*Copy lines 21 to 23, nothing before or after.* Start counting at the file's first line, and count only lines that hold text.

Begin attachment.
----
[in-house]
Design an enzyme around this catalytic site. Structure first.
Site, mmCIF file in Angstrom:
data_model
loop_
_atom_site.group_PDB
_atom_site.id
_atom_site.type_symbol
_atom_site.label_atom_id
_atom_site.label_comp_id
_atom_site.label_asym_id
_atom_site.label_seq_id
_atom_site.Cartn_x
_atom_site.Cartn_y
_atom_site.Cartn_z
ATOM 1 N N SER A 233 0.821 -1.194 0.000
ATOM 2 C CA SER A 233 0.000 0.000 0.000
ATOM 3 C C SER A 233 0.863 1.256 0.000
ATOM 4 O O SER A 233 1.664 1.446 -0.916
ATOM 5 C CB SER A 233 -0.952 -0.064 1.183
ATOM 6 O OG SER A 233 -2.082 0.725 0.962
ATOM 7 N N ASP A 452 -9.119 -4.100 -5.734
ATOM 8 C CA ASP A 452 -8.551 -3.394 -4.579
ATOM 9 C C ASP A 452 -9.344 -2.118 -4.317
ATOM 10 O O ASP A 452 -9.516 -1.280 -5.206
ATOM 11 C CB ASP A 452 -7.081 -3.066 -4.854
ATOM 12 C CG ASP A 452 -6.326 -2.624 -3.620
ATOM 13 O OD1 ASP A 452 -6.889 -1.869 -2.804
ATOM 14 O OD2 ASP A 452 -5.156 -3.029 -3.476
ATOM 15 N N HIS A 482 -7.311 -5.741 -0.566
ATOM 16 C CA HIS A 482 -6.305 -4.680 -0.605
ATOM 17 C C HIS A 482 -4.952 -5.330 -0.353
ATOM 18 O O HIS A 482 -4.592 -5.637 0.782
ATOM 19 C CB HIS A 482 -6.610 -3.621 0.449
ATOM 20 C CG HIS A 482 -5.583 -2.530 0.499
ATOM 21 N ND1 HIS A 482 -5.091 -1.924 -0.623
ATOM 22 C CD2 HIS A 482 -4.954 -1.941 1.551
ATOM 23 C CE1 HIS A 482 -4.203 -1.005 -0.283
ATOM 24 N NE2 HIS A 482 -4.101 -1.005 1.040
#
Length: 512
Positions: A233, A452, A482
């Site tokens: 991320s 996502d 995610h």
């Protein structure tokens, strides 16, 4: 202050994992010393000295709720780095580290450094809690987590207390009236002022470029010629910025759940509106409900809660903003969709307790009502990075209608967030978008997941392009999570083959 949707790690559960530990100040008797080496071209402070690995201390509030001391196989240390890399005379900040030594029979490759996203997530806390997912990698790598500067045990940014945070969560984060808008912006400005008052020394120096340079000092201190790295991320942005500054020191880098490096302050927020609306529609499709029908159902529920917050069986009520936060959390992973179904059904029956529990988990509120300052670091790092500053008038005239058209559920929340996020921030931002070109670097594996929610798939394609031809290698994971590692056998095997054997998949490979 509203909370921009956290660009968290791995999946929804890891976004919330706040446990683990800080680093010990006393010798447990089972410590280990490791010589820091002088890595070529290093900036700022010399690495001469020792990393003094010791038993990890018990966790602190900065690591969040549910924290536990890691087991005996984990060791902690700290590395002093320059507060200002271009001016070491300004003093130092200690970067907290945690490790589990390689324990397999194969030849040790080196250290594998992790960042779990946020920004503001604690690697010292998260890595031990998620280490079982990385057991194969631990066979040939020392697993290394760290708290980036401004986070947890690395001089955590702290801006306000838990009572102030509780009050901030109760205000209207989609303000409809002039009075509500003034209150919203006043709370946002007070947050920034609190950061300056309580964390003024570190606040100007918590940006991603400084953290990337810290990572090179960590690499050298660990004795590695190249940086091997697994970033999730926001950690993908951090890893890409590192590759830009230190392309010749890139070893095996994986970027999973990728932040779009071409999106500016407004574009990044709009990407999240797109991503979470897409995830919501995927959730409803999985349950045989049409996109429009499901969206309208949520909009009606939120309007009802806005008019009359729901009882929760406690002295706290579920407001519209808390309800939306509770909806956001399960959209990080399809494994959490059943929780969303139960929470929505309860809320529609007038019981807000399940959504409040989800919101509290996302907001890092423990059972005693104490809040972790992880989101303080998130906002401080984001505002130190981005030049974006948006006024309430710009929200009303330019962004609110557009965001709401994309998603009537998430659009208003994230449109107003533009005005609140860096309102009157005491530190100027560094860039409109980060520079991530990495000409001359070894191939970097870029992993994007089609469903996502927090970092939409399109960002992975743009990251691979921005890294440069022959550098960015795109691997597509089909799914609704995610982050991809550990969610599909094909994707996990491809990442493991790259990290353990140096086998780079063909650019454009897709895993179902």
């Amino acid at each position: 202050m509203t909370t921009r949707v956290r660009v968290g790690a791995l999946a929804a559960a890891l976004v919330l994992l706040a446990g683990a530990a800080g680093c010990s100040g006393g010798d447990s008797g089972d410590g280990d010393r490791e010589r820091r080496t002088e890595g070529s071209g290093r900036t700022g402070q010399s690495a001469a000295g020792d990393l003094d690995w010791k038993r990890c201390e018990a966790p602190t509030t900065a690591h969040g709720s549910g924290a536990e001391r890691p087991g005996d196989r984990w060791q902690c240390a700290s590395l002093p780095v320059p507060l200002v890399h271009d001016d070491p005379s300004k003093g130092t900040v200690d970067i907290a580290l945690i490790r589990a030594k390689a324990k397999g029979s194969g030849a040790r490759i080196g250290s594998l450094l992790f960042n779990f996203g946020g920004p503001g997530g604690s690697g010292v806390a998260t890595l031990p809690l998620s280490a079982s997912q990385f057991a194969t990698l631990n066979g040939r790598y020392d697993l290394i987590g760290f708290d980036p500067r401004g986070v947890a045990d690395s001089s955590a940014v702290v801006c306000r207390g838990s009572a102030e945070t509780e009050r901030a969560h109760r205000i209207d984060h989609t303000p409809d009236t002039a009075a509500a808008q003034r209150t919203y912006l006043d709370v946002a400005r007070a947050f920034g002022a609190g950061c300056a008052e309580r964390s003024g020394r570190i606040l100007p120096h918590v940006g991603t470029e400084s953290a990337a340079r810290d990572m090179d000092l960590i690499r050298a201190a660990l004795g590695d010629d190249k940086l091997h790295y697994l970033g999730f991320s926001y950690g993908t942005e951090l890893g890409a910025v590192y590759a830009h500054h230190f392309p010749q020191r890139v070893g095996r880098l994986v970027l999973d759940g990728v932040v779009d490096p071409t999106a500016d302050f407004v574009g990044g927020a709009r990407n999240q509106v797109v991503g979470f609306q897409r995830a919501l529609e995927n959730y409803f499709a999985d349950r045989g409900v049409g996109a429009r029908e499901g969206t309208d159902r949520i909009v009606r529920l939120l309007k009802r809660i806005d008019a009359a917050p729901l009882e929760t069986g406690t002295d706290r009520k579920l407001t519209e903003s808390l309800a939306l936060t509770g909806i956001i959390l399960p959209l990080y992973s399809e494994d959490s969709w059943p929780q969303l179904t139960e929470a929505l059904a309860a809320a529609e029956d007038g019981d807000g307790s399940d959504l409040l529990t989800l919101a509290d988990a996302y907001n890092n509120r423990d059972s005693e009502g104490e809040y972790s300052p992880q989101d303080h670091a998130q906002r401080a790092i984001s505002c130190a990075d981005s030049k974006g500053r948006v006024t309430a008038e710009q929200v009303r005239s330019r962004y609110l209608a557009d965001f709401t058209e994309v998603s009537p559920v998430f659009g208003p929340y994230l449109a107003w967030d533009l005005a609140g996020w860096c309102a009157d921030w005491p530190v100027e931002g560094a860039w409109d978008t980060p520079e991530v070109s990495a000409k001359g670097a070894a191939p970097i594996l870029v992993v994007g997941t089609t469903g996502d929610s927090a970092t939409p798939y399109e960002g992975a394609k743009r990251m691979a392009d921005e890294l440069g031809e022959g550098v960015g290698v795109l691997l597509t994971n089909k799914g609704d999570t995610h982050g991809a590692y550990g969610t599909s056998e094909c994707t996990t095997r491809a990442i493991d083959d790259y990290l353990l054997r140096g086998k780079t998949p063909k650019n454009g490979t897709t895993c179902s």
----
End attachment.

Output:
ATOM 6 O OG SER A 233 -2.082 0.725 0.962
ATOM 7 N N ASP A 452 -9.119 -4.100 -5.734
ATOM 8 C CA ASP A 452 -8.551 -3.394 -4.579